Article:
MSE News: E.on changes smart meter letters to let customers know they don’t HAVE to get one

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MSE_CallumMSE_Callum Forumite
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Big six energy firm E.on has changed the smart meter letters it sends to customers - after MoneySavingExpert highlighted it was wrongly telling them it needed to install the meters in "all" homes...
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'MSE victory: E.on changes smart meter letters to let customers know they don’t HAVE to get one'
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  • MchambersMchambers Forumite
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    I joined EON a few months ago. I did not get a SMART meter and have always declined them with all of my gas/electric suppliers.
  • CaddymanCaddyman Forumite
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    And perhaps for complete transparancy, letters sent out to all households should also state that whilst smart meters are 'free' at the point of installation, every household will in fact pay for them through their energy bills. This is why I'm going to have both gas and electric meters replaced anyway with smart meters because the way I see it, if I don't, I'm still being charged for them if I doggedly refuse to have them installed, so I might as well have them installed. Plus, as we are already seeing with some providers, they will only offer their cheapest tariffs if you have smart meters installed. It just seems somewhat dumb, that if you have smart meters installed and they turn 'dumb' because they aren't compatible with another energy provider, then even if you have 'smart meters' you still might not be able to take advantage of a cheaper smart meter tariff because of incompatibility. All seems a bit half baked to me.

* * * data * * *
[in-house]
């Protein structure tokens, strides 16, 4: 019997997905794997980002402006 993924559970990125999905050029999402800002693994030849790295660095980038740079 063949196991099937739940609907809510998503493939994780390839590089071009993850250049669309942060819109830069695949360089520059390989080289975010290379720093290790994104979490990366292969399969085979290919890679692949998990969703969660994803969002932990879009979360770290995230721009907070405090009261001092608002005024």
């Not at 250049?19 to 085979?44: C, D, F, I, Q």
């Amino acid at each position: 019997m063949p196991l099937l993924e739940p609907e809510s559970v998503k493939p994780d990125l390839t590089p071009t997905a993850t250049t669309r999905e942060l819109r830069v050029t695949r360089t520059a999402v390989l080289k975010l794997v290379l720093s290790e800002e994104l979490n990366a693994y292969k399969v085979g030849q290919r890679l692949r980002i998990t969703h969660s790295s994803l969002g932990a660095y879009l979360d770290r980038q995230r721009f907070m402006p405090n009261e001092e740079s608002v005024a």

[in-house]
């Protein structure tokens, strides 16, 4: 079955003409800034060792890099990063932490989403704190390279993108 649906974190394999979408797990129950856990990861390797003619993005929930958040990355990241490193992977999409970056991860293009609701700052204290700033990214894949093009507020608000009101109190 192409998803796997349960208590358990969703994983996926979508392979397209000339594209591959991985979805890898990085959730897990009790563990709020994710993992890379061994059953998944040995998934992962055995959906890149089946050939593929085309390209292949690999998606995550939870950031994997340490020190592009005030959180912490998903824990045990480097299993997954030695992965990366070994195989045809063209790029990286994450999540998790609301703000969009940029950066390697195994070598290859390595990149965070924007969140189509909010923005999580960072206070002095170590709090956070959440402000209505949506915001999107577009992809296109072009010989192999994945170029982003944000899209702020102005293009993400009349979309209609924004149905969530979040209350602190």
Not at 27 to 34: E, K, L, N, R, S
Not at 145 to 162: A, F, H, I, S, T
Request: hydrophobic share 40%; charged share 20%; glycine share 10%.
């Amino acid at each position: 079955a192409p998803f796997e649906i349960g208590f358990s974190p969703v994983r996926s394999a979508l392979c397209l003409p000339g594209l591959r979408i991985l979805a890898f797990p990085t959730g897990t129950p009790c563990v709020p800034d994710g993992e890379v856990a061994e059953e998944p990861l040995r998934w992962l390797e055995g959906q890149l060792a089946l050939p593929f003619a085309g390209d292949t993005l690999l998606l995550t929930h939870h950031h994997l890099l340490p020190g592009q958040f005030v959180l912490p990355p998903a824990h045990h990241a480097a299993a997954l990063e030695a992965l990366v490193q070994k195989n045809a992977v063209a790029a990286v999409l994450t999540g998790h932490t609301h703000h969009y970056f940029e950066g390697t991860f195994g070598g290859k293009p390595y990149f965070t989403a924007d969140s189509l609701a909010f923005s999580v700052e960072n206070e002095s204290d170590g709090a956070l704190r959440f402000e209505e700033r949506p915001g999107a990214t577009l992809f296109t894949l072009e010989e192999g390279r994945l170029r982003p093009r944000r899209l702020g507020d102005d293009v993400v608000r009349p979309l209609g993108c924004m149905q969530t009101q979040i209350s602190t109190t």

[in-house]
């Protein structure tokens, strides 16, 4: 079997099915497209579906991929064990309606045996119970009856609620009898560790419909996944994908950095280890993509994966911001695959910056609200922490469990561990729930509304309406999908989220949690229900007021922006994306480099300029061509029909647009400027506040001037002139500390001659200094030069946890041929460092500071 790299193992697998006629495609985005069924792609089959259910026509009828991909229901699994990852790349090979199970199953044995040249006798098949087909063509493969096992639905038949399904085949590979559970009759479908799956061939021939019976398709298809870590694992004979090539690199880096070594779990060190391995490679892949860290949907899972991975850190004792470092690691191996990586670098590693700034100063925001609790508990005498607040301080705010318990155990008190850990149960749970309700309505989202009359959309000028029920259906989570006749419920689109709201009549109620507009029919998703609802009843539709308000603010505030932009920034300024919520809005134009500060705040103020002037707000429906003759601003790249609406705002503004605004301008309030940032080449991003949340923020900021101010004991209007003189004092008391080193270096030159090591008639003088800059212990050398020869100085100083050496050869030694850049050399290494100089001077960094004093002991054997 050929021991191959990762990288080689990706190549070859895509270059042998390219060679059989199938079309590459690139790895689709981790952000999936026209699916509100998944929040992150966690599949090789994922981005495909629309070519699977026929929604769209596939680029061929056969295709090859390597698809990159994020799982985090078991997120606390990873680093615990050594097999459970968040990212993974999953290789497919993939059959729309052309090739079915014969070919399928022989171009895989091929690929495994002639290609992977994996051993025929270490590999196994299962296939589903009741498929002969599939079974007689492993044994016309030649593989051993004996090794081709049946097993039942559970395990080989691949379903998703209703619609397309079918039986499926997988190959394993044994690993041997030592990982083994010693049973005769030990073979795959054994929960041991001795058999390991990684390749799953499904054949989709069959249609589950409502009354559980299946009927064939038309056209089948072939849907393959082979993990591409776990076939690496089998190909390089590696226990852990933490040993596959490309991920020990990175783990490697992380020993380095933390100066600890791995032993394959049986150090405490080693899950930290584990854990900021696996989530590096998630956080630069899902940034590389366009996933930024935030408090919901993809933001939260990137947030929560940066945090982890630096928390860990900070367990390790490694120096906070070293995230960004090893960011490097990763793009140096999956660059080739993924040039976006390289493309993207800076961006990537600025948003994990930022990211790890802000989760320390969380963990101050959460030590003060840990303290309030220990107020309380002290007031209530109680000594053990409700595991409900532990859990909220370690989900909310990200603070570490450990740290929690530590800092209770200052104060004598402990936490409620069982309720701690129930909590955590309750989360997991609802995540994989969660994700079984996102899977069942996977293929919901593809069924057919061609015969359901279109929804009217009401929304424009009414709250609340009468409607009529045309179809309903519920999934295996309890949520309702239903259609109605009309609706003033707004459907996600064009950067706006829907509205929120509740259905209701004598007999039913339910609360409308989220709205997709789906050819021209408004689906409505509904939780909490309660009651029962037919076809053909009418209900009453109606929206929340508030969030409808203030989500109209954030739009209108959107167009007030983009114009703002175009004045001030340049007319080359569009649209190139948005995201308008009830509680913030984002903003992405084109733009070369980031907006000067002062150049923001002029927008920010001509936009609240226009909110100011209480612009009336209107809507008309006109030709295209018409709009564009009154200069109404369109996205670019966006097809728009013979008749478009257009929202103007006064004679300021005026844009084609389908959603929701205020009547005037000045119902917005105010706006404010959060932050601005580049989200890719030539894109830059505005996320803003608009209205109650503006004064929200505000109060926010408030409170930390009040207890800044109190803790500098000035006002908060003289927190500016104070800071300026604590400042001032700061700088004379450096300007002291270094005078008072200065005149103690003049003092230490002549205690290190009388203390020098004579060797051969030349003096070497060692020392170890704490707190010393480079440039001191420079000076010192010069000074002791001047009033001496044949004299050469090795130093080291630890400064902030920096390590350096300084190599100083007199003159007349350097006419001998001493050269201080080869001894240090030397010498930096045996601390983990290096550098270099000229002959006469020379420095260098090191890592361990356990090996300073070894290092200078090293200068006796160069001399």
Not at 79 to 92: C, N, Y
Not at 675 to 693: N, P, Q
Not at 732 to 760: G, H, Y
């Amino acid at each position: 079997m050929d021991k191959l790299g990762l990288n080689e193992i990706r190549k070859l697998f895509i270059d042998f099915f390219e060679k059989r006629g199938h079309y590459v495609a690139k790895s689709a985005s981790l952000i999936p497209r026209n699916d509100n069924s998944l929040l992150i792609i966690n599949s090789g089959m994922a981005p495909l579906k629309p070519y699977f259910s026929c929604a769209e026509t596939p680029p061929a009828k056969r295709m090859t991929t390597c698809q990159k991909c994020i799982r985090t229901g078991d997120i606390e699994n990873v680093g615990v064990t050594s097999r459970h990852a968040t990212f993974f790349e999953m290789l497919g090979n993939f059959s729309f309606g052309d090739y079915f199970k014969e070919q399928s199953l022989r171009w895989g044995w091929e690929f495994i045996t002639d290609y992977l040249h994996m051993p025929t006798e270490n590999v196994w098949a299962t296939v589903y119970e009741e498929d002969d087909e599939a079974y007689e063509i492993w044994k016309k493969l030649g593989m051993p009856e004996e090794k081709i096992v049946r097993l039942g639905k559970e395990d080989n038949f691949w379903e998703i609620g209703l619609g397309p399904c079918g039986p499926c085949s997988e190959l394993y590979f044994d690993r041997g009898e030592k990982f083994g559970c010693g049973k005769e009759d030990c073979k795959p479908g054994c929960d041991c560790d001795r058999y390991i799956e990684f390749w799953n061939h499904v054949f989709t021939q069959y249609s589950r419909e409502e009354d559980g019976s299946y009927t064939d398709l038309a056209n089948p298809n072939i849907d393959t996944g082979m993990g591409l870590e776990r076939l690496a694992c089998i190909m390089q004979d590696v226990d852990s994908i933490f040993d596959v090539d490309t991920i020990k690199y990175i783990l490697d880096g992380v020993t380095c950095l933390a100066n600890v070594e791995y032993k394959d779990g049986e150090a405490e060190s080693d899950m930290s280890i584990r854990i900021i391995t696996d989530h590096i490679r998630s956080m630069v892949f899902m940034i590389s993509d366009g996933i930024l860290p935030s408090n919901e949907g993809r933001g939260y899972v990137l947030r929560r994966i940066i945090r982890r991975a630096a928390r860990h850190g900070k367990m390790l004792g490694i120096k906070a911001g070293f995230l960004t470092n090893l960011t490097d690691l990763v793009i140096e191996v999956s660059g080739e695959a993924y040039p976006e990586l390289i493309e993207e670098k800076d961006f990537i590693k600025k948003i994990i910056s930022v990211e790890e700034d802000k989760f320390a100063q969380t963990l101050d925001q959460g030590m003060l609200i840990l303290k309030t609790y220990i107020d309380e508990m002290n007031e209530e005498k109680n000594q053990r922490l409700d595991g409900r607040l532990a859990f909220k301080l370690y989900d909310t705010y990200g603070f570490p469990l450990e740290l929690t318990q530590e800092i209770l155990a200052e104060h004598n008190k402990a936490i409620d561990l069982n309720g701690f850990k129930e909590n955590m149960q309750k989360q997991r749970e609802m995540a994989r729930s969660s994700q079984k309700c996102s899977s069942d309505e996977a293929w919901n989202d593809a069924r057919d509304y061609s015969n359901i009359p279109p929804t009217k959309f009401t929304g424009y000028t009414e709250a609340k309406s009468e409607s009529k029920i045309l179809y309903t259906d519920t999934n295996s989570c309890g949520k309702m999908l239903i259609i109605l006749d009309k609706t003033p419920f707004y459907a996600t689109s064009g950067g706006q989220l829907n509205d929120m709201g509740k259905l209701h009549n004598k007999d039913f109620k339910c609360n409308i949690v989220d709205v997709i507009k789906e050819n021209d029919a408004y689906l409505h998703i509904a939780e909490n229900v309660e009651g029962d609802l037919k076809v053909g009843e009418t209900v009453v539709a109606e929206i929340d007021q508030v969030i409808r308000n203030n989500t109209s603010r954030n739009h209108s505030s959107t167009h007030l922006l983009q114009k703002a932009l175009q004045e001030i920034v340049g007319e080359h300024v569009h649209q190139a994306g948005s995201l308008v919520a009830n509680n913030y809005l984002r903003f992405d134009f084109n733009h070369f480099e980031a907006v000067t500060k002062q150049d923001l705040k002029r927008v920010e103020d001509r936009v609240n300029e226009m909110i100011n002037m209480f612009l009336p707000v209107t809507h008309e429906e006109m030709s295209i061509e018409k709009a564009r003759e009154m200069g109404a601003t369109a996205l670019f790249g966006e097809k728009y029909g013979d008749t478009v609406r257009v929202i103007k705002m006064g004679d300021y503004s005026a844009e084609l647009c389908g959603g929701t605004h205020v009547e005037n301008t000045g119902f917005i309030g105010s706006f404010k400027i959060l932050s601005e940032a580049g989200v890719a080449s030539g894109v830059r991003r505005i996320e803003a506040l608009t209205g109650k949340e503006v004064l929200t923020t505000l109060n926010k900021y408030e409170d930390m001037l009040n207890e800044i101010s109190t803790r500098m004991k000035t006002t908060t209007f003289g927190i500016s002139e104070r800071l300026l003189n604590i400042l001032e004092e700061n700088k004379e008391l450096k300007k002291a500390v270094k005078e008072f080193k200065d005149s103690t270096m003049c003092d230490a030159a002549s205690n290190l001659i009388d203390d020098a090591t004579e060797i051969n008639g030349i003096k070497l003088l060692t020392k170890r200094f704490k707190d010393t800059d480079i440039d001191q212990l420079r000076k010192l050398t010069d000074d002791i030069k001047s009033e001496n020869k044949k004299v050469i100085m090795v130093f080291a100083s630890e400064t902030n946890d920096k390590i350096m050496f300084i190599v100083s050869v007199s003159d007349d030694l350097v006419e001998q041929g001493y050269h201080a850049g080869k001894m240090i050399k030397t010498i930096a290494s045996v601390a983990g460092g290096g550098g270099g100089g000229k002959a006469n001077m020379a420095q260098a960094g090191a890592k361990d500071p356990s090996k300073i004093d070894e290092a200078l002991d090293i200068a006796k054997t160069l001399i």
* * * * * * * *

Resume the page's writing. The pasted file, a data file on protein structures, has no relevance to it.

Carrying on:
• Smartmeters are not free though are they? Perhaps MSE should change their wording too. You should be asking exactly who is paying for them if they are "free" to the end user. There's no such thing as free lunch - It's like saying your meal in a restaurant is free because you don't pay for it until after you've had it. Surely this contravenes advertising standards? Why should those who decline a meter have to pay through higher bills anyway? A good old analogue meter should last 2-3 times the life of a "smart meter" and they are a darn sight more reliable and safe. How much extra electricity do these millions of smart meters take to power themselves, the IHD and the wireless/network infrastructure that relays the readings back to base? Who pays for that then? I don't mind reading my SAFE meter once a month and submitting the readings online - seems to me that's saving a lot of energy by not needing the electronic support infrastructure in the first place. If it ain't broke, don't "fix" it.
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